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Skip to 0 minutes and 9 secondsBefore a franchisor finalises their selection of dispute resolution method, it pays to consider what they want out of the dispute.

Skip to 0 minutes and 22 secondsDo they want to stay in the business with the other party but need to resolve some niggling problems? Or are they willing to stay in business with them but want to send a message to others who might try the same thing? Do they want to get the territory back, so they can sell it to a more suitable operator? Have they got enough resources to see this dispute through to the end? These resources include people and stamina, as well as time and money. The amount of resources they will require will depend on how entrenched the parties have become and whether they select mediation, arbitration, or litigation.

Skip to 1 minute and 5 secondsWhat does the relevant contract require? And does the law of either disputant's country impose specific requirements, such as that litigation must be conducted in a particular language or venue. Whether franchisors are dealing with a civil law system or a common law system will also have a bearing on the amount of time senior executives will need to be available if a matter goes to court. Expert witnesses and lawyers can be very expensive.

Skip to 1 minute and 37 secondsIf you arbitrate, will you be able to register the arbitral awards in the courts of the other party? If not, then arbitration might not be the best method of resolving this dispute. You also need to consider whether the dispute is covered by any insurance you hold, or whether the cause of the dispute is something like fraud or criminal activity that may not be covered by litigation insurance. On the subject of litigation insurance, do you need to notify your insurer that you have been threatened with litigation? If you win, and the other party is ordered to pay you money, will they have the financial resources to pay? Or will your victory be pyrrhic?

Skip to 2 minutes and 20 secondsAre you about to sell your business or to float it publicly. If so, it would be much easier to do this with no major disputes outstanding. And last but not least, how much publicity are you prepared to manage? Mediation is a confidential process, but disputes resolved through arbitration and litigation are not as easy to keep out of the public glare.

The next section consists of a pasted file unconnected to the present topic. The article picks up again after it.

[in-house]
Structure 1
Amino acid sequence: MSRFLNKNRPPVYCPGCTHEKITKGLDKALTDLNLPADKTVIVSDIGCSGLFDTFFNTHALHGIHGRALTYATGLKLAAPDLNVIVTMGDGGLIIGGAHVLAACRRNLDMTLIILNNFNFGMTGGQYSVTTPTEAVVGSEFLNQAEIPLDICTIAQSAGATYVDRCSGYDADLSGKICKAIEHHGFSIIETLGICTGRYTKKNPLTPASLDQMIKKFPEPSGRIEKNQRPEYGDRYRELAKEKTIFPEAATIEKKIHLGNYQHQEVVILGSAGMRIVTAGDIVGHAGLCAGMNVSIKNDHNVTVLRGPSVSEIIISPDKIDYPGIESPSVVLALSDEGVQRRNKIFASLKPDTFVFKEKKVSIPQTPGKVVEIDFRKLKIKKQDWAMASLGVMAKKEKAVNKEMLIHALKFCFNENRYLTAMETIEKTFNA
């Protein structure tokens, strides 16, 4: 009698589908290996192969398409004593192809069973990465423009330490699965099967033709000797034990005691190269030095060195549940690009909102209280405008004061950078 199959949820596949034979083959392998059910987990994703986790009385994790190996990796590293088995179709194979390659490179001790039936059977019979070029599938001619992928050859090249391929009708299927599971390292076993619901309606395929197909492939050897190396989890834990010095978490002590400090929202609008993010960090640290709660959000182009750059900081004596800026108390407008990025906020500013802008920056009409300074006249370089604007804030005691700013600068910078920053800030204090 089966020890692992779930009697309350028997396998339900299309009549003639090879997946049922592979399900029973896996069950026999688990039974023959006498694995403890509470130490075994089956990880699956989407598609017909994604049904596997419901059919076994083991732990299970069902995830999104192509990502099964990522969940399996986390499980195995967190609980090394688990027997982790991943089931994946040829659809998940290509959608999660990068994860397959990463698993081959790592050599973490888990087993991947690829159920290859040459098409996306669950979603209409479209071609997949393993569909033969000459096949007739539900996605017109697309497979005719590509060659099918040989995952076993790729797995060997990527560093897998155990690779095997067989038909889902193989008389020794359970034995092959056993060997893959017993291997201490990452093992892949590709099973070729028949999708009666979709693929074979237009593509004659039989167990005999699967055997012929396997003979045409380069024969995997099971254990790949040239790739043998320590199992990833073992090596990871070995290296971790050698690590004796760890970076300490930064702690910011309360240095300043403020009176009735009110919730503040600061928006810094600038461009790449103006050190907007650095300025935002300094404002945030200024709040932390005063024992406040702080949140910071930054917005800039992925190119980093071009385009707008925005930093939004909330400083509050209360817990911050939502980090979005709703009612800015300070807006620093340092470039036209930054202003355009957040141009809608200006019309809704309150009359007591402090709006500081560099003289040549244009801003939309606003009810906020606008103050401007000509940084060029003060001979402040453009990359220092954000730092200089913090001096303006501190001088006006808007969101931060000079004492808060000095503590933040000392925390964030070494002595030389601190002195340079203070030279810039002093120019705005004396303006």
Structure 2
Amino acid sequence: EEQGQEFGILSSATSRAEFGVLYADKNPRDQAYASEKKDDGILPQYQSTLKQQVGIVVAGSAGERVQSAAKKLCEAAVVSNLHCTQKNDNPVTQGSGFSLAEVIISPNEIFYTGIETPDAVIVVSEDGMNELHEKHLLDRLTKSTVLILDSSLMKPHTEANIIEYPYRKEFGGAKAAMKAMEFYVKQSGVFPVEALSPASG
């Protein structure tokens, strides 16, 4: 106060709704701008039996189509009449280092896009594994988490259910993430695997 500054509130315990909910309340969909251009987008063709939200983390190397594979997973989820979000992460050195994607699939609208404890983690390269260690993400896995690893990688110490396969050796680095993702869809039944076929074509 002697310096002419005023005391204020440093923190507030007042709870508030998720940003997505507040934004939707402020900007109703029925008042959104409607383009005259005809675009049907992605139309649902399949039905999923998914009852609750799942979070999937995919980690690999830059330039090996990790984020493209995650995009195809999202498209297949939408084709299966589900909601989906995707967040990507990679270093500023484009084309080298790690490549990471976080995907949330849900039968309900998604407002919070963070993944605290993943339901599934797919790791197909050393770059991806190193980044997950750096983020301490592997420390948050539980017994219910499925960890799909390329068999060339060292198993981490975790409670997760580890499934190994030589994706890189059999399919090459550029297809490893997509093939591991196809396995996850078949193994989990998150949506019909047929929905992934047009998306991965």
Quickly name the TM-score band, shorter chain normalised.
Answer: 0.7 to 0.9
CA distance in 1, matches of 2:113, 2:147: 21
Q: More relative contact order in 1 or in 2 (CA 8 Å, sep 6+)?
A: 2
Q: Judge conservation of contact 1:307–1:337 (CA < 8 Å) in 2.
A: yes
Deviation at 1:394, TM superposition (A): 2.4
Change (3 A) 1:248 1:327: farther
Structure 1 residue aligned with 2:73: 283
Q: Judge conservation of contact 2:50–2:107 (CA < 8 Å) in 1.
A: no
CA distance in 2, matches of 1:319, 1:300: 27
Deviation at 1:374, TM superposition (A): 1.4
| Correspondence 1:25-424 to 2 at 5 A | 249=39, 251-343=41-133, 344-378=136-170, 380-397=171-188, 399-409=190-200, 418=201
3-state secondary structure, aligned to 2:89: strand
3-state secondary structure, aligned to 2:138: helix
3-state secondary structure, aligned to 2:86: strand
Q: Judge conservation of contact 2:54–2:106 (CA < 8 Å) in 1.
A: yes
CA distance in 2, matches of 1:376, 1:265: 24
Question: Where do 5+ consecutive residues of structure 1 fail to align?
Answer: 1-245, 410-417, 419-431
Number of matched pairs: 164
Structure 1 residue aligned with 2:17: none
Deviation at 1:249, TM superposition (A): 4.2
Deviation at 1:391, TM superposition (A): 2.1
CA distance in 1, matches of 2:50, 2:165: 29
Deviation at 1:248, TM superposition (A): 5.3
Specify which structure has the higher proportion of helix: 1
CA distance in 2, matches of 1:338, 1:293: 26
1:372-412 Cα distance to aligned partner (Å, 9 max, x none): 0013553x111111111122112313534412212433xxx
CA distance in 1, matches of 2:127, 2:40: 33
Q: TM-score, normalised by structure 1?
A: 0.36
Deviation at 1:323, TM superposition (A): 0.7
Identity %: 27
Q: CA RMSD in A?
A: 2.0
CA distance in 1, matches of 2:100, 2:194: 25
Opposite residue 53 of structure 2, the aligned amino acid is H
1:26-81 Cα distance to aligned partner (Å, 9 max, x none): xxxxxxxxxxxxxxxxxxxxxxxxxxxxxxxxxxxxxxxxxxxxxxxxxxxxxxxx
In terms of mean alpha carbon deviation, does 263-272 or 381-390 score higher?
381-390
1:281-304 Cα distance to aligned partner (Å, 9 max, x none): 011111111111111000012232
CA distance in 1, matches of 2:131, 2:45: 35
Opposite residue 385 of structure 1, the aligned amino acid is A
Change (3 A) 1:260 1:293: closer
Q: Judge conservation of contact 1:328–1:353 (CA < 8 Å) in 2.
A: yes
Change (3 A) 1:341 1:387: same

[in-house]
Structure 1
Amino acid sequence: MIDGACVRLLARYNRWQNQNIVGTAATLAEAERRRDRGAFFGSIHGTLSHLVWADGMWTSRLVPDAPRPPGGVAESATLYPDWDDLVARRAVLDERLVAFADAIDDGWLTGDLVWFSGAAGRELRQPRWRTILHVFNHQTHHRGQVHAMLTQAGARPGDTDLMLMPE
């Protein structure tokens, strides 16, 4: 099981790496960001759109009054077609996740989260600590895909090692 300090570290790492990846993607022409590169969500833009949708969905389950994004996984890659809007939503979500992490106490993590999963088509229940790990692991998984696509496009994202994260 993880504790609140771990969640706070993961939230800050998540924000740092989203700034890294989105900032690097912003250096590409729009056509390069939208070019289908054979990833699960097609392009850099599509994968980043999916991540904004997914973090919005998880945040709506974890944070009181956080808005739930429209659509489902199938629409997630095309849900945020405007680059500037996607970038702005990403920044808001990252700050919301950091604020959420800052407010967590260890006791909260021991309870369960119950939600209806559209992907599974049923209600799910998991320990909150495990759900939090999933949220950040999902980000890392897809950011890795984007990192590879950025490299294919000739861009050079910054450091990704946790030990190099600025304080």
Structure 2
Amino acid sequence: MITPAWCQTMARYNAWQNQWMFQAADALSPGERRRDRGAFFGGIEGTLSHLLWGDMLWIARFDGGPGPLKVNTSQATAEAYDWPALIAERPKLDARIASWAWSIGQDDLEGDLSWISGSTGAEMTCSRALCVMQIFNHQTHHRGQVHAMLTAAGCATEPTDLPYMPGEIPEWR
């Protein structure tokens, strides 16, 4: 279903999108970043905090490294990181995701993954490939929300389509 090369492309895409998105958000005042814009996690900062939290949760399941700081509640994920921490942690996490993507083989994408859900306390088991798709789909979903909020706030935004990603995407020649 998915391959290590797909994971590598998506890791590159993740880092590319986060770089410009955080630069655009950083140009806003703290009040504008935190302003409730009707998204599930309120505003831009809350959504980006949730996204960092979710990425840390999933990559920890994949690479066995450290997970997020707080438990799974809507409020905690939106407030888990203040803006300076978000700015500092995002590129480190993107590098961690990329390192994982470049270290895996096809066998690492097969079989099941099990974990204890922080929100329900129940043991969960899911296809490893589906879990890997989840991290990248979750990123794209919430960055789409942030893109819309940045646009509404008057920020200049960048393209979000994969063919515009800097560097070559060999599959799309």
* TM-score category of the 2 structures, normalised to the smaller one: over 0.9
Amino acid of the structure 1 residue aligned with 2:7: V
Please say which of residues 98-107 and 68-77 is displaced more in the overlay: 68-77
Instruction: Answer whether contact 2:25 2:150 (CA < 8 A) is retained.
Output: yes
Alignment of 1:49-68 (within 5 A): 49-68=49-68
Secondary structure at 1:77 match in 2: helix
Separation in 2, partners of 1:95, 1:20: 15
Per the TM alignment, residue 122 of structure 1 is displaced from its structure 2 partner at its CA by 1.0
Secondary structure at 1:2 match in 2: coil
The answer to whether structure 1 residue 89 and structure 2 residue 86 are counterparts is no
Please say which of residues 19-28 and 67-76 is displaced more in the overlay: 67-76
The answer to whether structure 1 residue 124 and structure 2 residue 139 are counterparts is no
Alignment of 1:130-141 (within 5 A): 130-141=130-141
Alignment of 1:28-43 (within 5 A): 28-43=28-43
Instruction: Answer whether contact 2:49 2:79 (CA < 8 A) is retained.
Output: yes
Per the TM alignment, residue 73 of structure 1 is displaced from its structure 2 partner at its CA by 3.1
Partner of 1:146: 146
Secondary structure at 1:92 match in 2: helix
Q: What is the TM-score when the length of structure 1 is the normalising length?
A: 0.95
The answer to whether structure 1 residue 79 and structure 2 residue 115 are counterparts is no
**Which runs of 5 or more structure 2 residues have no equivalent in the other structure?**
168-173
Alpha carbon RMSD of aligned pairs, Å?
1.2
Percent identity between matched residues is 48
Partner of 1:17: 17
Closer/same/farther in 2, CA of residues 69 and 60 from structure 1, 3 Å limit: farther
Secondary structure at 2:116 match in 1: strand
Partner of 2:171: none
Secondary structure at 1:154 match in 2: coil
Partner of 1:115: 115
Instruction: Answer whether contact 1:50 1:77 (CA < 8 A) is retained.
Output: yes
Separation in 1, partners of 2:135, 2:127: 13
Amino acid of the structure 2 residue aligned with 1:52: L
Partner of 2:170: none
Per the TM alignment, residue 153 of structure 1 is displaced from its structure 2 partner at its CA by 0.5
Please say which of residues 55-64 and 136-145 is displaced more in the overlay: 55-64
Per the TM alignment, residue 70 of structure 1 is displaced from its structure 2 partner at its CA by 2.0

Factors in dispute resolution

Before a franchisor finalises their selection of a dispute resolution method, it pays to consider what they want out of the dispute:

  • Do they want to stay in business with the other party, but need to resolve some niggling problems?
  • Are they willing to stay in business with the other party but want to send a message to others who might try the same thing?
  • Do they want to get the territory back so they can sell it to a more suitable operator?
  • Have they got enough resources to see this dispute through to the end?

These resources include people and stamina, as well as time and money. The amount of resources required to resolve a dispute will depend on many factors. These include how entrenched the parties have become, the language of the dispute, geographic considerations, and the method of resolving the dispute.

Important questions that need to be asked before the appropriate dispute resolution strategy can be identified:

  • What does the relevant contract require? And, does the law of either disputants country impose specific requirements, such as that litigation must be conducted in a particular language or venue?
  • Does the target country adhere to a civil law or common law system? This will impact on the form and expense of litigation proceedings.
  • If you arbitrate, will you be able to register the arbitral award in the courts of the other party? If not, then arbitration might not be the best method of resolving this dispute.
  • Is the dispute covered by litigation insurance?
  • Will the loser have the resources to pay any damages awarded?
  • Are there plans to float the franchise publically? If so it would be much easier to do this with no major disputes outstanding.
  • Is there a risk of brand damage if the dispute goes public? Mediation is a confidential process, but disputes resolved through arbitration and litigation are not as easy to keep out of the public glare.

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International Franchise Law: the World is Yours

UNSW Sydney

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